Aaradhna’s third album Treble and Reverb was released on hip hop label Dawn Raid and co-written and produced by P Money and Evan Short (Concord Dawn) — but its “retro/metro” sound channels the glory days of the classic early 60s girl groups rather than more contemporary styles. ‘Wake Up’, the lead-off single, is a bright, sunny song about trying to fix a broken soul. The video — directed by the award-winning Special Problems — nods to the era with an animated symphony of pop-coloured modern household objects happily distracting from the lyric’s call to action.
'Something in the Water', from singer-songwriter Brooke Fraser's third album Flags, is a giddy, infectious love song with a rollicking country/folk setting. It was voted Most Performed Song of the Year at the 2010 APRA Silver Scrolls. The partly animated video, made by the Special Problems production team of Campbell Hooper and Joel Kefali, loosely recasts the song as Homer's Odyssey with a multi-costumed Fraser as Penelope waiting for her Odysseus to return from across the water (but not above a playful poke of the tongue to finish off proceedings).
This Silver Scroll winner from the debut album by The Naked and Famous became a breakout hit, winning global notice and playing on a number of teen TV shows (Gossip Girls, Skins). Directed by Campbell Hooper and Joel Kefali, the promo won 10 million+ YouTube hits, playing no small part in announcing the band. Via a catalogue of Dazed and Confused-esque imagery, the clip puts its thumb on the pulse of the soaring synth-pop celebration of ‘Young Blood’: bonnet jumping, sparklers, skating and Badlands-style skylarking. The song won a Silver Scroll and an NZ Music Award.
A man lies under a tree, a guitar chimes, the music grows in intensity, the song becomes an impassioned declaration of love ... and people start falling from trees. Was he a daydreamer or did he fall too? Frantic animation follows, more bodies fall - with respite only from a dancer in a Warholesque sequence. HowYe was made by the Special Problems team of Campbell Hooper and Joel Kefali (makers of notable videos for Naked and Famous, Mint Chicks and Dimmer) and shot in Cornwall Park and Pt Erin Park in Auckland. The dancer is Benny Ord (formerly of the Royal NZ Ballet).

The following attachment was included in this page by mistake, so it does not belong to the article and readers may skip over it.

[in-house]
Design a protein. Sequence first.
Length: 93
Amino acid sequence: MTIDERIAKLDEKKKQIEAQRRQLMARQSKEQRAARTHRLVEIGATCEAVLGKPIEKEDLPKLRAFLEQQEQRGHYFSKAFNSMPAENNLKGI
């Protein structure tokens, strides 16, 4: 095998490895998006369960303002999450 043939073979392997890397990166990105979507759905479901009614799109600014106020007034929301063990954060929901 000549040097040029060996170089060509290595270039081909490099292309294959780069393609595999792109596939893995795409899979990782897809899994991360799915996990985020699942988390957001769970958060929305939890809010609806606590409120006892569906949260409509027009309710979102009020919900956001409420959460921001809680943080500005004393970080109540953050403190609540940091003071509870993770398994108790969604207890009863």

This bright, electro-poppy blurring of the lines between human and robot was the debut single for Zowie — a persona created by Auckland musician Zoe Fleury (the artist formerly known as Bionic Pixie). For the video, production team Special Problems eschewed CGI and had Zowie spend a day lying on a floor while their pinball machine inspired arrangements of dominos and machinery fell all around her. A Best Video finalist at the 2011 NZ Music Award, it lost out to another Special Problems clip (for 'Punching in a Dream' by The Naked and Famous).
This music video continued the fruitful collaboration between The Naked and Famous and directing duo Special Problems. Joel Kefali and Campbell Hooper brought their trademark mix of graphic design, film and painting to the synth-driven pop song. As vocalist Alisa Xayalith moves through a dreamscape, she sleepwalks, runs, skates and flies through pine forest, snow, sand, and a manor. Ice hockey masks and hoodies add menace. It won Best Music Video at the 2011 NZ Music Awards, part of a major awards haul for the group. The song has featured on a number of TV shows.